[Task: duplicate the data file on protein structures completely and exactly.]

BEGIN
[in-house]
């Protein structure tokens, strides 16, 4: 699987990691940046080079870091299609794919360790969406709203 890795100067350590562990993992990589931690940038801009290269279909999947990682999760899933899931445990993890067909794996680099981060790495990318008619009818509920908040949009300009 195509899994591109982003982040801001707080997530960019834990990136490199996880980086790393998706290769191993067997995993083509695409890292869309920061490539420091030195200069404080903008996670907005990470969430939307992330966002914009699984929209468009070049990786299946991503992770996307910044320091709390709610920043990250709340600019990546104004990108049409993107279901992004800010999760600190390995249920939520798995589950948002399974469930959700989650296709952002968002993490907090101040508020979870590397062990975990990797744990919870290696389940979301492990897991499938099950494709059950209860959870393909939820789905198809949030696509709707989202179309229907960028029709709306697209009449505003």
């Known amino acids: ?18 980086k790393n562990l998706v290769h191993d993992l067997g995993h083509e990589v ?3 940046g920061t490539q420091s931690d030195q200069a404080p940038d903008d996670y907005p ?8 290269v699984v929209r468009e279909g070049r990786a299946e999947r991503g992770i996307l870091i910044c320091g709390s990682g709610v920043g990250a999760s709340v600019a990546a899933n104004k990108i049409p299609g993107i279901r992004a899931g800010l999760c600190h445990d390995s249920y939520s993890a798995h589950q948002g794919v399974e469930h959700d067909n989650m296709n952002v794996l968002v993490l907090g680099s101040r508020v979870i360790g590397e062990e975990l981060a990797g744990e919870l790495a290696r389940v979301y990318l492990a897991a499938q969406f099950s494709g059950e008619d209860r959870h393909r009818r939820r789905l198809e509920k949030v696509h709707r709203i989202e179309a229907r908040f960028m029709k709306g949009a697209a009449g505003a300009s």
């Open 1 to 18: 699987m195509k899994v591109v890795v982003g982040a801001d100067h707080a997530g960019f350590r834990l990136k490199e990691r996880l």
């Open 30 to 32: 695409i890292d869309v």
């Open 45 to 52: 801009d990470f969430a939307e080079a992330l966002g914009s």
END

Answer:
[in-house]
């Protein structure tokens, strides 16, 4: 699987990691940046080079870091299609794919360790969406709203 890795100067350590562990993992990589931690940038801009290269279909999947990682999760899933899931445990993890067909794996680099981060790495990318008619009818509920908040949009300009 195509899994591109982003982040801001707080997530960019834990990136490199996880980086790393998706290769191993067997995993083509695409890292869309920061490539420091030195200069404080903008996670907005990470969430939307992330966002914009699984929209468009070049990786299946991503992770996307910044320091709390709610920043990250709340600019990546104004990108049409993107279901992004800010999760600190390995249920939520798995589950948002399974469930959700989650296709952002968002993490907090101040508020979870590397062990975990990797744990919870290696389940979301492990897991499938099950494709059950209860959870393909939820789905198809949030696509709707989202179309229907960028029709709306697209009449505003």
């Known amino acids: ?18 980086k790393n562990l998706v290769h191993d993992l067997g995993h083509e990589v ?3 940046g920061t490539q420091s931690d030195q200069a404080p940038d903008d996670y907005p ?8 290269v699984v929209r468009e279909g070049r990786a299946e999947r991503g992770i996307l870091i910044c320091g709390s990682g709610v920043g990250a999760s709340v600019a990546a899933n104004k990108i049409p299609g993107i279901r992004a899931g800010l999760c600190h445990d390995s249920y939520s993890a798995h589950q948002g794919v399974e469930h959700d067909n989650m296709n952002v794996l968002v993490l907090g680099s101040r508020v979870i360790g590397e062990e975990l981060a990797g744990e919870l790495a290696r389940v979301y990318l492990a897991a499938q969406f099950s494709g059950e008619d209860r959870h393909r009818r939820r789905l198809e509920k949030v696509h709707r709203i989202e179309a229907r908040f960028m029709k709306g949009a697209a009449g505003a300009s």
């Open 1 to 18: 699987m195509k899994v591109v890795v982003g982040a801001d100067h707080a997530g960019f350590r834990l990136k490199e990691r996880l």
């Open 30 to 32: 695409i890292d869309v």
């Open 45 to 52: 801009d990470f969430a939307e080079a992330l966002g914009s």